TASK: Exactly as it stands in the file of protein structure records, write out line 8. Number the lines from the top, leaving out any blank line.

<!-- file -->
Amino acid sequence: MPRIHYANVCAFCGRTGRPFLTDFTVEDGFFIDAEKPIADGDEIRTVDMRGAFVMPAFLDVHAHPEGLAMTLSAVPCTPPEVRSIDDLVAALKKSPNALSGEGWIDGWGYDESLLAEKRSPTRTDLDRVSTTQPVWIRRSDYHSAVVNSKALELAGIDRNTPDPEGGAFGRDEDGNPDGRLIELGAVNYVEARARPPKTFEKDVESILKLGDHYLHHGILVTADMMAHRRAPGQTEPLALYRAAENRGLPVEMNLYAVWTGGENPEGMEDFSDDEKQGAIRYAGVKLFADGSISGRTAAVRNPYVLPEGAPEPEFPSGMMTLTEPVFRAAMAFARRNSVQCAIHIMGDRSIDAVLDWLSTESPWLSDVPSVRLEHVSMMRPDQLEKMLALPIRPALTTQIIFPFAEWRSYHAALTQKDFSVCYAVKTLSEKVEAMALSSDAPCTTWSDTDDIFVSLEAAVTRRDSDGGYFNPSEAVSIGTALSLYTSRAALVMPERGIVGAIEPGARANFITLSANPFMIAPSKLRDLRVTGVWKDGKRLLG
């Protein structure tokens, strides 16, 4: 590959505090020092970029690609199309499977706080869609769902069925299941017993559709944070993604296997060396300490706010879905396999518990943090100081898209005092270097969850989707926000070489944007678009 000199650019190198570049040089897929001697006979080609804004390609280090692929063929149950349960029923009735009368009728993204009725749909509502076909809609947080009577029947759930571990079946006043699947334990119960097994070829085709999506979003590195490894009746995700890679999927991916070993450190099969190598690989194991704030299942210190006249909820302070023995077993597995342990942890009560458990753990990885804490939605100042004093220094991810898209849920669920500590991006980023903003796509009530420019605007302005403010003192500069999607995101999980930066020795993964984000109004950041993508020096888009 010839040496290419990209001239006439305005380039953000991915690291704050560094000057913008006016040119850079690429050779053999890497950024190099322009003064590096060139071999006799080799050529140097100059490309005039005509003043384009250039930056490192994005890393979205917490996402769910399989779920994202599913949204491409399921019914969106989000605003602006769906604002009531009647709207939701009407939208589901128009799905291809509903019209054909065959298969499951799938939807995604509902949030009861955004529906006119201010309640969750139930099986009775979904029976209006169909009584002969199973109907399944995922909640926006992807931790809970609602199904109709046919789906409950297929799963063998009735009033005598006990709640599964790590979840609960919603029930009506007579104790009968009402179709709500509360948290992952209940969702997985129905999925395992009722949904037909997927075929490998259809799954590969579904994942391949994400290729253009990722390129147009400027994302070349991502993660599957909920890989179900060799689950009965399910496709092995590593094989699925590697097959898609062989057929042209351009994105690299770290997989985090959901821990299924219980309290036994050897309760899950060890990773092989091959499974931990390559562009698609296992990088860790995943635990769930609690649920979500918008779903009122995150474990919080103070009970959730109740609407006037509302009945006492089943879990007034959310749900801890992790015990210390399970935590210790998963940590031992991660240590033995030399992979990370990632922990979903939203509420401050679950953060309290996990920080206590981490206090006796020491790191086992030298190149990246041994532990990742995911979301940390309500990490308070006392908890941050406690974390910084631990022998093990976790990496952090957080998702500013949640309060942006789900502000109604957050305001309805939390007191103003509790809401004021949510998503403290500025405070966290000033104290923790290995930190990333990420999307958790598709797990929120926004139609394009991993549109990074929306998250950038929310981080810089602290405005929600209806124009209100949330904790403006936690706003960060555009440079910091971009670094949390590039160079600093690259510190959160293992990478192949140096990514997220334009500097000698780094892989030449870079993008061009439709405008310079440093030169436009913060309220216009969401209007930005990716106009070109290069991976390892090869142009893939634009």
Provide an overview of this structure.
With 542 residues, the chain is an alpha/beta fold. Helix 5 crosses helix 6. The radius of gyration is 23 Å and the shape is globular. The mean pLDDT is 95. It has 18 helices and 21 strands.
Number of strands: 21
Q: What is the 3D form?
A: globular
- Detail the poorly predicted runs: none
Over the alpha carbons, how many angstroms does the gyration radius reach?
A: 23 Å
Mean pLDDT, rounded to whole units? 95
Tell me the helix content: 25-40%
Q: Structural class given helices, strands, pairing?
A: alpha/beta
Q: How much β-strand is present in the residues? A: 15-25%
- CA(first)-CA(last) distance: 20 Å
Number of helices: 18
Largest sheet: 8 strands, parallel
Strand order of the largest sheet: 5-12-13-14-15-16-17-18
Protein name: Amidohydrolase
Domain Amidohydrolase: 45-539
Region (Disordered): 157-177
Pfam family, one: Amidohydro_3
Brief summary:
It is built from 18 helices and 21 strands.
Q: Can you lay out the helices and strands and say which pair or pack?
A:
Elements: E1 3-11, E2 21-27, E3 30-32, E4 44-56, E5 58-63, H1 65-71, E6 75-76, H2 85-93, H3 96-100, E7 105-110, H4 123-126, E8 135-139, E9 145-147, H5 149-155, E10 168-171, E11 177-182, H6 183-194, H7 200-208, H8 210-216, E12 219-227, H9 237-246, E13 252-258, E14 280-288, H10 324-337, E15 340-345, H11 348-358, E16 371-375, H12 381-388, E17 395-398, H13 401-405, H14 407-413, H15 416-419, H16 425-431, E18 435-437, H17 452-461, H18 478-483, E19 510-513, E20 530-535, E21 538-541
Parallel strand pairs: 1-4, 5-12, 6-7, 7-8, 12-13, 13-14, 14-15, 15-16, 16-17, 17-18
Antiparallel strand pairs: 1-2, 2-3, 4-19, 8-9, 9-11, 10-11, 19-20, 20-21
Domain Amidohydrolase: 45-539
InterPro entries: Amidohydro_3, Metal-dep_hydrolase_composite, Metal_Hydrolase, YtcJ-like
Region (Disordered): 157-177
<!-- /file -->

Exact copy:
- Detail the poorly predicted runs: none